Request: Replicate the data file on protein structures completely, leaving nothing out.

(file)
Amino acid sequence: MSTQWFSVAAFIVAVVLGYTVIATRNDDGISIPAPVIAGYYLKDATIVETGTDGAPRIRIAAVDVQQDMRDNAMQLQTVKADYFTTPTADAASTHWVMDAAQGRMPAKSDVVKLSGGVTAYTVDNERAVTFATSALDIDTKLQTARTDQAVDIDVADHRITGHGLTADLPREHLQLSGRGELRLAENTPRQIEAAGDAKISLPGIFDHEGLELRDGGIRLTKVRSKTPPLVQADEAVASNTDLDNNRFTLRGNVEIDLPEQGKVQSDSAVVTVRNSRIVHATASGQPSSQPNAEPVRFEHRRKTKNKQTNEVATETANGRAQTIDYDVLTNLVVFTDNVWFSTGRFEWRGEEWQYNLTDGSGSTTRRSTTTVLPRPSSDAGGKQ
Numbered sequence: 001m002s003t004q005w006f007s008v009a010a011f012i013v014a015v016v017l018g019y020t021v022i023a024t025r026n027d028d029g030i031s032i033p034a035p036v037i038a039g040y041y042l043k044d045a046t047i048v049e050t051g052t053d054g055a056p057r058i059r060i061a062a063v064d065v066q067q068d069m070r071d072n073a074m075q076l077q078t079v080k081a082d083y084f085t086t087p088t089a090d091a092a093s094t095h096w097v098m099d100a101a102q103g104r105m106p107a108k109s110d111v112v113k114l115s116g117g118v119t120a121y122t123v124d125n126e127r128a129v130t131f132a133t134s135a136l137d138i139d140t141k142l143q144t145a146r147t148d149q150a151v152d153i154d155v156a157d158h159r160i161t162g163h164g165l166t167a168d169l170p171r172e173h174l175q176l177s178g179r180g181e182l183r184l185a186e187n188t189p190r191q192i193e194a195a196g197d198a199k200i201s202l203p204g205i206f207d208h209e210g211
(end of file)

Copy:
Amino acid sequence: MSTQWFSVAAFIVAVVLGYTVIATRNDDGISIPAPVIAGYYLKDATIVETGTDGAPRIRIAAVDVQQDMRDNAMQLQTVKADYFTTPTADAASTHWVMDAAQGRMPAKSDVVKLSGGVTAYTVDNERAVTFATSALDIDTKLQTARTDQAVDIDVADHRITGHGLTADLPREHLQLSGRGELRLAENTPRQIEAAGDAKISLPGIFDHEGLELRDGGIRLTKVRSKTPPLVQADEAVASNTDLDNNRFTLRGNVEIDLPEQGKVQSDSAVVTVRNSRIVHATASGQPSSQPNAEPVRFEHRRKTKNKQTNEVATETANGRAQTIDYDVLTNLVVFTDNVWFSTGRFEWRGEEWQYNLTDGSGSTTRRSTTTVLPRPSSDAGGKQ
Numbered sequence: 001m002s003t004q005w006f007s008v009a010a011f012i013v014a015v016v017l018g019y020t021v022i023a024t025r026n027d028d029g030i031s032i033p034a035p036v037i038a039g040y041y042l043k044d045a046t047i048v049e050t051g052t053d054g055a056p057r058i059r060i061a062a063v064d065v066q067q068d069m070r071d072n073a074m075q076l077q078t079v080k081a082d083y084f085t086t087p088t089a090d091a092a093s094t095h096w097v098m099d100a101a102q103g104r105m106p107a108k109s110d111v112v113k114l115s116g117g118v119t120a121y122t123v124d125n126e127r128a129v130t131f132a133t134s135a136l137d138i139d140t141k142l143q144t145a146r147t148d149q150a151v152d153i154d155v156a157d158h159r160i161t162g163h164g165l166t167a168d169l170p171r172e173h174l175q176l177s178g179r180g181e182l183r184l185a186e187n188t189p190r191q192i193e194a195a196g197d198a199k200i201s202l203p204g205i206f207d208h209e210g211